JillAnn Rogoz, senior director of compliance with alphabroder, the PPAI 100 No. 3 supplier, and also on the panel, shared her company’s experience with an FDA inspection.

  • Rogoz emphasized the importance of thorough and up-to-date standard operating procedures and activity logs for everything.
  • She recommended consolidating FDA-regulated products at a single location to simplify the process and reduce regulatory costs, performing internal SOP audits, and conducting mock recalls to be better prepared for the real thing.
  • These steps promote continuous improvement and also show the FDA your company is doing its due diligence.

The session “Recall Readiness Best Practices” echoed the call for documentation, emphasizing how preparation can make a recall less painful. Start by asking how well your materials, systems and processes are documented, says product safety attorney Neal Cohen. “It’s one thing to know about something, and another to be ready to do it.”

Keeping thorough records is a key risk management strategy that can help any company navigate a recall and minimize its impact. Brenner, on the stage with Cohen, says, “Recalls can be relatively quick and painless if you’re prepared … or they can be existential.”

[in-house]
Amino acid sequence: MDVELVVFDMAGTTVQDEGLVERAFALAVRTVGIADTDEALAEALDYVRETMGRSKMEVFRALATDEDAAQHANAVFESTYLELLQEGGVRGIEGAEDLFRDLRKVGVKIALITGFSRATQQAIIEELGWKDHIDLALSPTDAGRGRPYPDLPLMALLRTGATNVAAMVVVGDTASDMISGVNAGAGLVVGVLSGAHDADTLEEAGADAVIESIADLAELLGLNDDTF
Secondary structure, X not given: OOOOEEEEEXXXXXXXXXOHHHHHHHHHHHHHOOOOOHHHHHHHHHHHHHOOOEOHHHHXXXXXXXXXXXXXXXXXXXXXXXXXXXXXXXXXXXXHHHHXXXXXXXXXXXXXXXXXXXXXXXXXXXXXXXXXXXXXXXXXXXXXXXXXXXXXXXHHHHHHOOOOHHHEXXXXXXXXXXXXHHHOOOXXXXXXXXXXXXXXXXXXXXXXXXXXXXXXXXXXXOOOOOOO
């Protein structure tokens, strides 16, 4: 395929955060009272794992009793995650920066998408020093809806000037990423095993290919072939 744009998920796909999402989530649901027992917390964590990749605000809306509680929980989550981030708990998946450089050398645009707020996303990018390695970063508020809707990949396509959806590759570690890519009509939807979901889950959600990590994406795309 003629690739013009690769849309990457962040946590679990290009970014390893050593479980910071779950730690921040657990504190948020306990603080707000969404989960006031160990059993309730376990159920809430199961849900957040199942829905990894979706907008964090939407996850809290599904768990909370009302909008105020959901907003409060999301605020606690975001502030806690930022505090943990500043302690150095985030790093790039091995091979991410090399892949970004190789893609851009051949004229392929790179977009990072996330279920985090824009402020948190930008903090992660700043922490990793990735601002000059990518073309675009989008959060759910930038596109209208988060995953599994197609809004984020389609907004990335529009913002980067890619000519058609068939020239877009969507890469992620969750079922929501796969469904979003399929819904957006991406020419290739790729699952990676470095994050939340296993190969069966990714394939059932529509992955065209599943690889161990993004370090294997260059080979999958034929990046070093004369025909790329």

Former U.S. Customs and Border Protection officer Shawn Harwood, now an expert supply chain security adviser with ELEVATE, also says documentation can help establish your company’s good faith compliance efforts.

“You want to be seen immediately as a partner in combating forced labor,” says Harwood, adding that if CBP representatives find your materials convincing and feel you’re on the same page, “you’ve won half the battle.”

Cohen returned to the microphone for an update on Reese’s Law, signed into law in 2022 and expected to take effect later this month, with a gradual ramping up of enforcement to full effect in mid-March 2024. The law requires labels and compartment design that are more stringent than current toy standards and are likely to have “a tremendous impact” on the promo industry, and Cohen recommended designing products to comply with the toughest standard to minimize risk.

After lunch, PPAI’s Norris shared updates on legislative subjects that may impact the promotional products market. He cautioned that the progress of any of these rules is dependent on potential government shutdowns.

  • The FCC’s proposed rule, “Cybersecurity Labeling for Internet of Things,” is intended to help consumers choose internet-connected devices that are less vulnerable to hacking, while balancing convenience and security.
  • For several years, PPAI has worked to influence the Country of Origin Labeling (COOL) Online Act. While the act has been updated to include multi-sourced products listing and fungible goods, Norris described its language as still “nebulous.”